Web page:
Best CPU for orchestral production
Title says it all. Specifically between these three:
Procesador Intel Core i7-12700, S-1700, 2.10GHz
Procesador Intel Core i5-12600K, S-1700, 3.70GHz
Procesador AMD Ryzen 9 5900X, S-AM4, 3.70GHz
For usage with Cubase 12
Title leaves out too many unknowns since CPU is not the only link that makes a reliable chain...
- How many tracks typically (20+, 50+, 1,000+)
- Using mostly sample based orchestral instruments (which ones typically), synth or combination of?
- What RAM, MOBO, SSD/M.2 drives?
- Streaming from network, local drives, USB3?
Personally, i'd be choosing the Intel "K" version of the chip "Core i7-12700K" but not that I would suggest that if you don't know what to do with it. The K variant allows overclocking and has potential up to 5Ghz which with decent cooling, patience and knowhow you can get close to that. My tired old 4820K is overclocked from 3.2 to 4.8Ghz and I noticed a huge drop in performance after years when I was testing my system and dropped it back to stock speed. Also, would always suggest disabling speed stepping for a CPU in a production environment and just having a stable clock without any power save or "turbo" functionality (that is all BIOS/EFUI)
The i7 will offer more cores over the i5, better for more tracks however the i5 has more performance power so would be better in heavy loaded tasks but typically a DAW is using multi-threaded tasks.
The Intel i7 v AMD, i7 appears to support DDR4/5 while AMD is DDR4 only, Of course depends on the MOBO you would be selecting and the Intel is a newer chip than the AMD so based on that I would be selecting Intel if this is your choices. Personally I prefer Intel just because I have never had issues with an Intel chip in 25+ years and countless build, just not game enough to switch and figure out an AMD chip.0
I would avoid current Intels. Intel is lagging behind AMD and its CPUs are more Frankenstein monsters than anything other. They draw too much power (harder to cool), their big.little is more obstacle than progress and they are factory overclocked (not much room if any for overclocking).... Intel has long term problems with its dye processes.... It has been forced to use TSMC in new generation CPUs...
I do not see into heads of Apple managers, but I guess there were two reasons for switching to ARM, 1) More profit for Apple and unification of entire platform (all products on ARM). 2) Longterm poor advance of Intel CPUs "4 cores will do 4ever all....".
AMD has changed x86 world by intoducing Zen CPUs, few years ago. Boosting x86 progress. 16 full cores are feasible, 8 full cores in notebook easily possible. And in 2023/24 16 full cores....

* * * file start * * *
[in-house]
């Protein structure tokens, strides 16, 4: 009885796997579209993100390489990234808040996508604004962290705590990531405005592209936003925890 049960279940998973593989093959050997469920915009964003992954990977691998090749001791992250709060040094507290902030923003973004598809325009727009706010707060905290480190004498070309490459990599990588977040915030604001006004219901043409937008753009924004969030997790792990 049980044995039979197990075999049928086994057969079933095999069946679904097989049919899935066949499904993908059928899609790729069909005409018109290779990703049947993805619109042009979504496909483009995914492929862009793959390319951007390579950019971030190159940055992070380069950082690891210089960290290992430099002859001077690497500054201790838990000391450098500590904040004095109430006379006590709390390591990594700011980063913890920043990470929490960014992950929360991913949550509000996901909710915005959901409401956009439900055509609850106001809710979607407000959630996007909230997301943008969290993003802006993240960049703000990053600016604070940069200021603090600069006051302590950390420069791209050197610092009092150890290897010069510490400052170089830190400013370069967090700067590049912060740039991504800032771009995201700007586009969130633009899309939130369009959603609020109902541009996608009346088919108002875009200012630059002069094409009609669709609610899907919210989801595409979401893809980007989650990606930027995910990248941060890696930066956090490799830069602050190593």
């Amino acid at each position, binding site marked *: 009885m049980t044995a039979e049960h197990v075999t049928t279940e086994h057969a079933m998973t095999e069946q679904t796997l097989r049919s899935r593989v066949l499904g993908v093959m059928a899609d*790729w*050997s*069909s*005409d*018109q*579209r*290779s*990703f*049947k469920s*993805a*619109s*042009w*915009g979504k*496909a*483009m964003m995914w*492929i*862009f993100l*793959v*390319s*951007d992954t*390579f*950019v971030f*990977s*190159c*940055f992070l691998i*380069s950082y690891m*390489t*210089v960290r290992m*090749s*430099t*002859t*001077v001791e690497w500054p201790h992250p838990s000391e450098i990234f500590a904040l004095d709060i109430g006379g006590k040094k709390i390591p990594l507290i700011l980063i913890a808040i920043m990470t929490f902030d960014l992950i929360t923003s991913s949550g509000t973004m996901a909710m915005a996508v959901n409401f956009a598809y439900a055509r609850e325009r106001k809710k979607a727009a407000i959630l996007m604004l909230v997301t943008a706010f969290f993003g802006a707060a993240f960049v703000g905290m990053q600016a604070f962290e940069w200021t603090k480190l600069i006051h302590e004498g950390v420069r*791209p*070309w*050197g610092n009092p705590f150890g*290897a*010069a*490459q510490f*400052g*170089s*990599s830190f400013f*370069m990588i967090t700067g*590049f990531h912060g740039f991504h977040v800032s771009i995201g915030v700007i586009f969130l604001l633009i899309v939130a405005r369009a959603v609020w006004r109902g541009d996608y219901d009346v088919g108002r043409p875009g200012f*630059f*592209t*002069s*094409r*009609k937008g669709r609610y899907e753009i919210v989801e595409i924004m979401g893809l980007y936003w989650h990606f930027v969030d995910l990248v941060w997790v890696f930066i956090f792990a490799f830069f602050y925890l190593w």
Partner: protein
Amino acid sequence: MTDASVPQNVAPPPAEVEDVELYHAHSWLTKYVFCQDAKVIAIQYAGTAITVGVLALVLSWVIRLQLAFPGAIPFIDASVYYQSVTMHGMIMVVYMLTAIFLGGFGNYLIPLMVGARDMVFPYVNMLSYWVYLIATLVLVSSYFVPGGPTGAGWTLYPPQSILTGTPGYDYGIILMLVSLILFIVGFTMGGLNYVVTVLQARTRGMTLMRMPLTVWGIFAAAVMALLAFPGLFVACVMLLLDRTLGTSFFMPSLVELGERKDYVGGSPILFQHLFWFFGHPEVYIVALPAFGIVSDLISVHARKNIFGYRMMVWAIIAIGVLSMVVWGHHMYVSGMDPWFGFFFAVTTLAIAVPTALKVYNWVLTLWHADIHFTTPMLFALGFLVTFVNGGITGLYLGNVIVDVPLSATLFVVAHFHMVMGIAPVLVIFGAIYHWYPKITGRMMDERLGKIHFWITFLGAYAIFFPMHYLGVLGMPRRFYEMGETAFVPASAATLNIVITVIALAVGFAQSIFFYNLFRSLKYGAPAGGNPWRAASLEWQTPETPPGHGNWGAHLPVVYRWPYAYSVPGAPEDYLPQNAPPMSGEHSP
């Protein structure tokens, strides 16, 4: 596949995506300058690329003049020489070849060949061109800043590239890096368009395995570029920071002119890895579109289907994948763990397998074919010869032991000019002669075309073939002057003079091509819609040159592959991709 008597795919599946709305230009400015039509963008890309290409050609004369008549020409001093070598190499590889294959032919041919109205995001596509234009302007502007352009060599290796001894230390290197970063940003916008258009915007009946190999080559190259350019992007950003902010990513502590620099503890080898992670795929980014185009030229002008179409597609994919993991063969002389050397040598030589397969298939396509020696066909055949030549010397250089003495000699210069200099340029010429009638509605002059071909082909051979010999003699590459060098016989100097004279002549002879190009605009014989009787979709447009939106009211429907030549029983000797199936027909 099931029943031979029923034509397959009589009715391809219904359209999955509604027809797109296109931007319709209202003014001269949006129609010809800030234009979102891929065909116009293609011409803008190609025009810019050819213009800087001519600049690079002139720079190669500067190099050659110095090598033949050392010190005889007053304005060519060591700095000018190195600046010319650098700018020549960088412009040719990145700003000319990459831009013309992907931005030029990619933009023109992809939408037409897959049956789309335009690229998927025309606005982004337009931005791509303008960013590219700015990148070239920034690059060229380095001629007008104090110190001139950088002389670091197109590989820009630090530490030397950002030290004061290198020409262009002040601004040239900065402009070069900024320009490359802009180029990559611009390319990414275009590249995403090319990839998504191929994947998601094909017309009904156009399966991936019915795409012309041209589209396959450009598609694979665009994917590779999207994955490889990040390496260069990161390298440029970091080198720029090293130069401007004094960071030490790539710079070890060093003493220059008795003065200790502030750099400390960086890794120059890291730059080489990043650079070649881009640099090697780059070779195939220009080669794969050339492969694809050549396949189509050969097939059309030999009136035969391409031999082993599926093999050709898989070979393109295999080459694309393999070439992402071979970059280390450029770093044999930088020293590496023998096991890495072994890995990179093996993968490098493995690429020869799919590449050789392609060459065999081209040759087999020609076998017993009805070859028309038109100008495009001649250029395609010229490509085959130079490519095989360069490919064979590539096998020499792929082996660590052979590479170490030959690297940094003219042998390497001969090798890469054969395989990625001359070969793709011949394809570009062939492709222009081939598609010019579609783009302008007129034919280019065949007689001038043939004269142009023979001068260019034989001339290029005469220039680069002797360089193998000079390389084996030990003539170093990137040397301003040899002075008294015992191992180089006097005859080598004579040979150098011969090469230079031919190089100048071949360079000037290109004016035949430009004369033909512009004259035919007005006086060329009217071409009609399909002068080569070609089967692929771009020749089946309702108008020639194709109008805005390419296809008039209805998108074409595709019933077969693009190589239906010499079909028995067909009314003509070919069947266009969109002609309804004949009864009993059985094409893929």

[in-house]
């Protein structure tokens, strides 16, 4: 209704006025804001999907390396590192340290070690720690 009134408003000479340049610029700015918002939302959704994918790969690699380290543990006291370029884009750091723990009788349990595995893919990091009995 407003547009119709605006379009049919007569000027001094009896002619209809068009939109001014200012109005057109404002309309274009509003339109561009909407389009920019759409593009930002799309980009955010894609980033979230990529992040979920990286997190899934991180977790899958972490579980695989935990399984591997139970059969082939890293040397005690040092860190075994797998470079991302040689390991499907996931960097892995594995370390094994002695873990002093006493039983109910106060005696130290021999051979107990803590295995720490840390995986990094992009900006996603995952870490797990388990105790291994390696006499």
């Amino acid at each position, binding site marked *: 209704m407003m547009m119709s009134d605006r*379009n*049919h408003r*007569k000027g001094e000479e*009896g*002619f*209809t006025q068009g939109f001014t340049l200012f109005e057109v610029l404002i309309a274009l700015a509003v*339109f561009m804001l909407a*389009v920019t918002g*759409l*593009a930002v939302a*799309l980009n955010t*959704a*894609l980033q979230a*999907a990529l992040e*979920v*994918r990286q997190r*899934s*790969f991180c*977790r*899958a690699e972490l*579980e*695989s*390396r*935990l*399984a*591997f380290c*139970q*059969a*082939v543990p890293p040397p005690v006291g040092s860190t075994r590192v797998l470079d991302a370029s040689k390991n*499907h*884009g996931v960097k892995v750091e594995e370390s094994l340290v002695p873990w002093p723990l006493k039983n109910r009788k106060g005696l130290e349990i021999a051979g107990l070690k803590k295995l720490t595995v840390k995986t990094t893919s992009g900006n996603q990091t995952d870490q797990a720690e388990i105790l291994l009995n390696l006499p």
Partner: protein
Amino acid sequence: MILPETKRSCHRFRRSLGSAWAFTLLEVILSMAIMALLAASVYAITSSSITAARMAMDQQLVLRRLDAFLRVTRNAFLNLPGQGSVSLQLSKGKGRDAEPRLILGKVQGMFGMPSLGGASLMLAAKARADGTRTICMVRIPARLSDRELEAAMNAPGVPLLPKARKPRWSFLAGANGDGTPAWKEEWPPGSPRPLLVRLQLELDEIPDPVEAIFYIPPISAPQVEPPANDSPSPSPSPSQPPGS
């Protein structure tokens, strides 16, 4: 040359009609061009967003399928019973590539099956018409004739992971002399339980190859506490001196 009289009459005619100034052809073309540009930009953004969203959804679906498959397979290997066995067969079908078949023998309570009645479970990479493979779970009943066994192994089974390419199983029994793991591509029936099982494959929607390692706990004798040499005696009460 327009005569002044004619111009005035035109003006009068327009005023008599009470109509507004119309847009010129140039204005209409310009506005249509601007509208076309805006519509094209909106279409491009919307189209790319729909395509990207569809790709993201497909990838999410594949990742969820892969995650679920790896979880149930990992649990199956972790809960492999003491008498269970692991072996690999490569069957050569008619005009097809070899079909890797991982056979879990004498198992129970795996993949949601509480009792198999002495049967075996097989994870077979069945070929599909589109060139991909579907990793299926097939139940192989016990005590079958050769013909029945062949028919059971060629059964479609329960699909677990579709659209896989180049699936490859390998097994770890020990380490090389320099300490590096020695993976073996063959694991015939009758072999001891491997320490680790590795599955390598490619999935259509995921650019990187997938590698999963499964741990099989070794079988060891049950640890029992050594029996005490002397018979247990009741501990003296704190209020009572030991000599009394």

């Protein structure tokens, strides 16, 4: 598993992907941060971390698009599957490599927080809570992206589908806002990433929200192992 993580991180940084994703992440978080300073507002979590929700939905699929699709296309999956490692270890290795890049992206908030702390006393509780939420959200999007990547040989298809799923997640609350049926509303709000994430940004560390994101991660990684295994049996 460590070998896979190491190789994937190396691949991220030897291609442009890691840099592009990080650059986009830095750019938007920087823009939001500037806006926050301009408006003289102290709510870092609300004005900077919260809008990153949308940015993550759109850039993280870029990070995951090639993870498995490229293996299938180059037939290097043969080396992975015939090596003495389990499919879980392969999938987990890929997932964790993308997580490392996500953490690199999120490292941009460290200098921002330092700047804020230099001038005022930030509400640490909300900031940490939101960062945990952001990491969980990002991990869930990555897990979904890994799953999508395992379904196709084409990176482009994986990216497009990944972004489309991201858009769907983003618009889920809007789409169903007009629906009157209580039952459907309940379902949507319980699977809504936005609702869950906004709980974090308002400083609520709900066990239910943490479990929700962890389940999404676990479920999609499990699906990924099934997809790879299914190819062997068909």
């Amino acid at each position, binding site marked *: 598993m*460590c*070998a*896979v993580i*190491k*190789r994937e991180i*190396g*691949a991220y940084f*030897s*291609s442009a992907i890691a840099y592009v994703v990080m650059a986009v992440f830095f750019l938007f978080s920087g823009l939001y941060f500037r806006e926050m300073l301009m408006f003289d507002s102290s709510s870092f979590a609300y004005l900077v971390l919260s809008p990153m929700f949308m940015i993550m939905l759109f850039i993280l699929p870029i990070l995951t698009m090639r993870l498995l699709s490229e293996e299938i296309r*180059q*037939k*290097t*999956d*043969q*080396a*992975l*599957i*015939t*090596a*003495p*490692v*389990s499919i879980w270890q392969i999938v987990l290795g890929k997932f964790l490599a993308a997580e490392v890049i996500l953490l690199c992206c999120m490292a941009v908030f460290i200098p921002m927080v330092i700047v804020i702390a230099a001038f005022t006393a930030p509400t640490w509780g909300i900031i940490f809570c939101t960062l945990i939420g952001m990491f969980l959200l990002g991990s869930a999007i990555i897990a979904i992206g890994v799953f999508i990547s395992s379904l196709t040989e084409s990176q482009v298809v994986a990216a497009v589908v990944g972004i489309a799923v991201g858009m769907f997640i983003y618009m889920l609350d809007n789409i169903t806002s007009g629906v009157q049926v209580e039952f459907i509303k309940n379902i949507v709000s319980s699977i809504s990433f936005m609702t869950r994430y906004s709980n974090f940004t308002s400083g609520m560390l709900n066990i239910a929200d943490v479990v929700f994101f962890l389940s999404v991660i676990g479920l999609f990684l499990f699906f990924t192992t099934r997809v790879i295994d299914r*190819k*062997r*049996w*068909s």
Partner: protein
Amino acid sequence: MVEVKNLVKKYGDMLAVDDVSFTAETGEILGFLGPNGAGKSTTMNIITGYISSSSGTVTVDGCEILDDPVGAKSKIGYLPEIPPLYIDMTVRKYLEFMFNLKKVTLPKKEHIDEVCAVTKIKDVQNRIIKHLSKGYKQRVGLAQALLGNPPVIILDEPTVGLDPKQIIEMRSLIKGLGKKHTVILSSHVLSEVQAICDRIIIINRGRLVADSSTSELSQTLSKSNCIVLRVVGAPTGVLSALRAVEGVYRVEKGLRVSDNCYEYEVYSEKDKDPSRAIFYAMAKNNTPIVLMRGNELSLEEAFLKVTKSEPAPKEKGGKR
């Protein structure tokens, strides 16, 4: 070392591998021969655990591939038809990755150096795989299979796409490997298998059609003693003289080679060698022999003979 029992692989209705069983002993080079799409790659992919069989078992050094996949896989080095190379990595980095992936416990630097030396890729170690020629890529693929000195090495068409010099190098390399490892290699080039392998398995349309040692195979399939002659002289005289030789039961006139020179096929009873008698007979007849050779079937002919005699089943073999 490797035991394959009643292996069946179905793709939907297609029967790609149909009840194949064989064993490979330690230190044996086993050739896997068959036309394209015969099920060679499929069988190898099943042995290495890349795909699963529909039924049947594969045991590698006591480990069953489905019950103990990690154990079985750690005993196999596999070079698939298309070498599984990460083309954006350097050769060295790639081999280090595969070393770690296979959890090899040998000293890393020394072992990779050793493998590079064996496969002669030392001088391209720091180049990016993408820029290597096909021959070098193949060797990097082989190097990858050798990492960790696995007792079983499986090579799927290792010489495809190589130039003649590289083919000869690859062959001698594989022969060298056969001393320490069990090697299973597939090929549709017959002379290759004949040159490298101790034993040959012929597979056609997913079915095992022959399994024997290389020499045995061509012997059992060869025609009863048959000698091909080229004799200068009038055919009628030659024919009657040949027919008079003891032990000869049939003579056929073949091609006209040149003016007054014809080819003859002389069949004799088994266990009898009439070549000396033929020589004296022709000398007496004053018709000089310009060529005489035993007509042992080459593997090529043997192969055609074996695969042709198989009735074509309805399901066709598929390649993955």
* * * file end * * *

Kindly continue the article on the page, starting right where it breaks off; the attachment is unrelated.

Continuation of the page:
There will be new Intel CPUs and also AMD ones, in about month. So, it might be good to wait a little.
Concerning new AMDs.
1) They will be in a new Zen4 in socket AM5. That socket will be (unlike Intel) supported by several CPU generations. So, one may stay on one motherboard, RAM, SSD for 6-10 years and just update CPU, or whaterer is needed.
2) New platform uses DDR5.
3) New platform supports PCIe5 (allowing fast NVMe SSDs - important for big sampled libraries).
4) New platform is 20-40% faster than Zen3.
5) I has 5.5+ GHz boost.
6) TSMC 5 nm node (the same like Apple M2)
If you have big budget, you might have look at ThreadRipper - up to 64 cores and lots of RAM.... But current ThreadRippers are Zen3, hard to say when Zen4 ones will come. It might take more than a year.
Saying that, I might be slightly biased in opinion towards AMD. I use AMD now and I am highly satisfied, but have used Intels for past 20 years and still regullary use them in my 4 older computers, but not for music production.
IMHO, it says a lot, if one looks at development of Intel marketshare and also at its financial results...0
I would add that 1Q2023 should be available Zen4 with 3D cache. It will have real huge cache from which might Kontakt benefit.
I haven't found any info if there is any improvement using Zen3 3D for Kontakt.... So, not sure Zen4 would benefit from 3D...
@EvilDragon or Kontakt developers might know, if Kontakt would considerably benefit from huge cache (32+64 MB, or even 64+128 MB in case of Ryzen 9).
Sorry, should have cleared that. I work with symphonic orchestra so we're talking around 32 individual MIDI tracks directed to between 8 and 10 instances of Kontakt running mostly Spitfire Studio Orchestra Professional (Sampled), running different mic positions so +64 or more audio vst audio outputs.
I'm building the PC from scratch since my current PC runs a Core i7-4770 on an H97 Gaming 3 MOBO so... yeah... Currently considering either Gigabyte Micro ATX B550M or Gigabyte ATX B660M (processor choice will determine that). Probably running on 64gb RAM. Running mostly local drives and USB 3.0 SSD.
Intel i7 k version beyond budget. Where I live prices for these are widely different. Considering that all three CPU options provided (+MOBO) are around the same price for me.0
If your budget is tight, I would wait for Zen4, if you decide for AMD. More expensive now, but usable and expandable for years.
Or I am happy with AMD APU Zen3 Ryzen 7 (8C/16T @ 4GHz+) using ASRock DeskMini X300 barebone miniPC (15x15x8 cm aprox. 6x6x3 in.). 64 GB RAM, two NVMe SSDs and two positions for SATA 2.5" discs.
But no position for expansion cards, no dedicated graphics, no firewire. It is stronger than Mac with M1 and a bit weaker than M1Pro.
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